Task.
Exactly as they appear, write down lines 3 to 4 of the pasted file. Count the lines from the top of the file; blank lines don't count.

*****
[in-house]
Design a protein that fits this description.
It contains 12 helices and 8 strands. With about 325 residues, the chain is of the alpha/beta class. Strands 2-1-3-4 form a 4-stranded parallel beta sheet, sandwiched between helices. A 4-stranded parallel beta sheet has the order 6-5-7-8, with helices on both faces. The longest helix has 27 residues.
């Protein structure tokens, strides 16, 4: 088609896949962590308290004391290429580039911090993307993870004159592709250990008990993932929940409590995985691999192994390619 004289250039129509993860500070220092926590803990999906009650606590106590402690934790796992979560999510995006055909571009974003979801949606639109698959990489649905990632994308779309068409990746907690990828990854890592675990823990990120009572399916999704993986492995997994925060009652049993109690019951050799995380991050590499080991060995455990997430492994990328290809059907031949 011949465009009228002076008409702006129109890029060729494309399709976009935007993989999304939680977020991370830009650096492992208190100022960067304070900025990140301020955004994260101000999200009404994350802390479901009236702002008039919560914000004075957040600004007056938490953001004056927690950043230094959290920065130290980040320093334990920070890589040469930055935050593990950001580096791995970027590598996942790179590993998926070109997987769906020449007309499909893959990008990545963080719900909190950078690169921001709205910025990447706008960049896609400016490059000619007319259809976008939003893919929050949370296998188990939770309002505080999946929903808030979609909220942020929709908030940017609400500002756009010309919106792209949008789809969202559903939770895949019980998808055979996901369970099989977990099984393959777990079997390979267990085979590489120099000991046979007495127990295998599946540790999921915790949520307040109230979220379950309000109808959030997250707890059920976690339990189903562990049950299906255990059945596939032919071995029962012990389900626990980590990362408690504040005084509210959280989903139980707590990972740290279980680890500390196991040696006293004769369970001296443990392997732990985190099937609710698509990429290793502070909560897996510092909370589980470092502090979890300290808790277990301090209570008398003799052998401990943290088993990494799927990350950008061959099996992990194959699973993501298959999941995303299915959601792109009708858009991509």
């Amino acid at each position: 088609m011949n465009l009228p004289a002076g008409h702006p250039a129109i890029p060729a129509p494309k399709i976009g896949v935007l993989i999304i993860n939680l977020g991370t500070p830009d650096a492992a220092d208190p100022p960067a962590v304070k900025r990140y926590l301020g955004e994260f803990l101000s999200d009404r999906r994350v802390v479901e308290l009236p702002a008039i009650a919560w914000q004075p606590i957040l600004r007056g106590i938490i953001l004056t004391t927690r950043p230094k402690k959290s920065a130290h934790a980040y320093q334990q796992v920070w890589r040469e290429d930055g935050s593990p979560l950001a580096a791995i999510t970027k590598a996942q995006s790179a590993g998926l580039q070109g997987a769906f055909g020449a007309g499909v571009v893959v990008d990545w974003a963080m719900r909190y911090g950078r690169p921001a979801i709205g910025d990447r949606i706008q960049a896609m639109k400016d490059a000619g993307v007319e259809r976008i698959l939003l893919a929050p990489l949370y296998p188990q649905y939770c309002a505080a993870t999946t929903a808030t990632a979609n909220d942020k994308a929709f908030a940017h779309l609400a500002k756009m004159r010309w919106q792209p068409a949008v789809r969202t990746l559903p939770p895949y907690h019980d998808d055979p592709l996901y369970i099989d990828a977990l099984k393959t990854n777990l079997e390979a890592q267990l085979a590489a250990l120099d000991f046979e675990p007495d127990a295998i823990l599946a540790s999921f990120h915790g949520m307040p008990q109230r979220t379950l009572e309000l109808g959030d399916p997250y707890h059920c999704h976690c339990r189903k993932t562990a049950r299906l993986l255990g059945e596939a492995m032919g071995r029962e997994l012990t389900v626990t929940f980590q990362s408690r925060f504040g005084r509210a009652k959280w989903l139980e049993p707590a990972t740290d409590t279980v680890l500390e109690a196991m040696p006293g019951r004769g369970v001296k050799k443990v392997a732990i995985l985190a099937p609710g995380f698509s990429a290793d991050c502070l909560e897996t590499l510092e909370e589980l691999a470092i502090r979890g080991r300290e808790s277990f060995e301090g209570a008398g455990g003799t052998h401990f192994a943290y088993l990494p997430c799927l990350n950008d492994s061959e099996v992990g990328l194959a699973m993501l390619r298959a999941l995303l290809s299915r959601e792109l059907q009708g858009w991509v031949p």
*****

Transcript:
It contains 12 helices and 8 strands. With about 325 residues, the chain is of the alpha/beta class. Strands 2-1-3-4 form a 4-stranded parallel beta sheet, sandwiched between helices. A 4-stranded parallel beta sheet has the order 6-5-7-8, with helices on both faces. The longest helix has 27 residues.
């Protein structure tokens, strides 16, 4: 088609896949962590308290004391290429580039911090993307993870004159592709250990008990993932929940409590995985691999192994390619 004289250039129509993860500070220092926590803990999906009650606590106590402690934790796992979560999510995006055909571009974003979801949606639109698959990489649905990632994308779309068409990746907690990828990854890592675990823990990120009572399916999704993986492995997994925060009652049993109690019951050799995380991050590499080991060995455990997430492994990328290809059907031949 011949465009009228002076008409702006129109890029060729494309399709976009935007993989999304939680977020991370830009650096492992208190100022960067304070900025990140301020955004994260101000999200009404994350802390479901009236702002008039919560914000004075957040600004007056938490953001004056927690950043230094959290920065130290980040320093334990920070890589040469930055935050593990950001580096791995970027590598996942790179590993998926070109997987769906020449007309499909893959990008990545963080719900909190950078690169921001709205910025990447706008960049896609400016490059000619007319259809976008939003893919929050949370296998188990939770309002505080999946929903808030979609909220942020929709908030940017609400500002756009010309919106792209949008789809969202559903939770895949019980998808055979996901369970099989977990099984393959777990079997390979267990085979590489120099000991046979007495127990295998599946540790999921915790949520307040109230979220379950309000109808959030997250707890059920976690339990189903562990049950299906255990059945596939032919071995029962012990389900626990980590990362408690504040005084509210959280989903139980707590990972740290279980680890500390196991040696006293004769369970001296443990392997732990985190099937609710698509990429290793502070909560897996510092909370589980470092502090979890300290808790277990301090209570008398003799052998401990943290088993990494799927990350950008061959099996992990194959699973993501298959999941995303299915959601792109009708858009991509």